North Side Wake Up Call

It was a familiar situation for the Cubs. Going into the bottom of the seventh against the Marlins they were down two runs. Dontrelle Willis had held them scoreless for seven, despite not throwing much of a game. His control was off early, and the Cubs had the bases loaded in the second. Derek Lee promptly grounded out. Until the fifth, Willis was having trouble throwing first pitch strikes. But the Cubs let him settle into a groove and he was taking them apart at leisure. With the Marlins bullpen ready to come in and lock down the game, it was a show we'd all seen before. The Cubs hadn't hit a home run all day, and they weren't going to. That's a recepie for failure, for the Cubs. Zambrano had thrown very well, giving up only one earned run, the two runs due to a throwing error and a broken bat flare. The Cubs don't have a Rally Monkey for these sorts of situations. The animal most associated with the Cubs is a goat. This seemed appropriate.

There was only one person on the field who must have felt out of place. Only one man felt unfamiliar today. Sammy Sosa hadn't hit sixth in a lineup in over 10 years. But his first two at bats were familiar. They were exactly what we'd come to expect from the Cubs this year.

And then, it happened. The Cubs had threatened and then scored one in the seventh, but all that managed to do was bring the dreaded Guillermo Mota into the game. After the strikeout of Moises Alou looking to end the inning, the Cubs looked beaten. Two more runs off Mota, or Benitez with the bottom of the lineup? Highly unlikely.

In the eighth, Dusty Baker pinch hit with Nefif Perez. This in itself was enough to suggest to me that he was ceding the game, but Perez rapped a ball through the infield and took second on a throwing error. There was a glimmer of hope for a moment, and then I saw the man in the on-deck circle. It was Sosa.

There have been times when seeing the Dominican Daddy step to the plate with the game on the line would have sent electric shivers through me. But I thought we'd lost that Sammy. For the year he's hitting .236 with men on, .209 with a man on second, and .185 close and late (results in the 7th inning or later with the batting team either ahead by one run, tied or with the potential tying run at least on deck). I thought it was the end.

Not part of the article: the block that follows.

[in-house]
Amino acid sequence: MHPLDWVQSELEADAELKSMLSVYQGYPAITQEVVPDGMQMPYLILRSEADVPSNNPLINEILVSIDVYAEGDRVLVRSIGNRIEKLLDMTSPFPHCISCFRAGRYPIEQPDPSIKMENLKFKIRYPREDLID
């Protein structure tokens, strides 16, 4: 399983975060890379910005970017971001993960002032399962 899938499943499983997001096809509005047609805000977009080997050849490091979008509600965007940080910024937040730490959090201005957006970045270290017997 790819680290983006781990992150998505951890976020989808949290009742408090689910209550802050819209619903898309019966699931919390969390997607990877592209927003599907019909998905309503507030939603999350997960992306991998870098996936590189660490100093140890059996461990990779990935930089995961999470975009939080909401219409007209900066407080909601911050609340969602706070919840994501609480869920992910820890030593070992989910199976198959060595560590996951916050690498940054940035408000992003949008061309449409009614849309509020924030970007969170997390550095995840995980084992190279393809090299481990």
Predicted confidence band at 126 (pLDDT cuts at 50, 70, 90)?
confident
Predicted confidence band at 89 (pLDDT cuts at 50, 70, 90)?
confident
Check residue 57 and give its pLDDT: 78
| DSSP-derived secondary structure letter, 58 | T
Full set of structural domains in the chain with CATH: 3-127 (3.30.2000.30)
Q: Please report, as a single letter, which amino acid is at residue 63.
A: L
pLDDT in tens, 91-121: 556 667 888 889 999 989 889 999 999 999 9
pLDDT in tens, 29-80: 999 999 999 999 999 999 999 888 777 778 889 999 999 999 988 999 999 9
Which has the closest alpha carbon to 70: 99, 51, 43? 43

And then it happened. He happened. Sosa chipped a ball into the outfield, scoring Perez. The Cubs piled on for three more with a bases loaded double from Lee. Still, in the back of my mind, there was a worry. Hawkins had to go through Conine, Encarnacion and Gonzalez. He did it in nine pitches. Nine strikes. Three strikeouts. He was pouring heat on the outside corner and had Conine and Ecnarnacion swinging at pitches six inches off the plate. It was determination, it was grit, and it was blistering fastballs centimeters from the edge of the plate.

It may be premature, but this is exactly what the Cubs needed. There were flubs, blown bunts, Nomar came out in the fifth, and the error in the first. But the Cubs needed to remember how good they really are. They needed to pick up a game on the 'Stros and Marlins. And more than anything else, one thing needed to be proven, that Sammy Sosa was still Sammy Sosa. If the Cubs win the Wild Card, this game will have been the turning point. This is when they started believing they could win it all. In the end, it was the Marlins who looked beaten, flailing at Hawkins in the ninth. The Cubs looked ready for more.


The Josh said...

Hey there. I was just reading Righty's Xanga and I found the link. I idn't even know he was working on it. Well, it looks good guys, and I'll try to keep up with the readings and the comments. For now, keep it up!

Anonymous said...

barry bonds is good but over rated.Just because some one is good on ofense and hits homers dosent make him good.This year bonds didnt do nothing on defense except cacth a fly ball

Anonymous said...

i pick my nose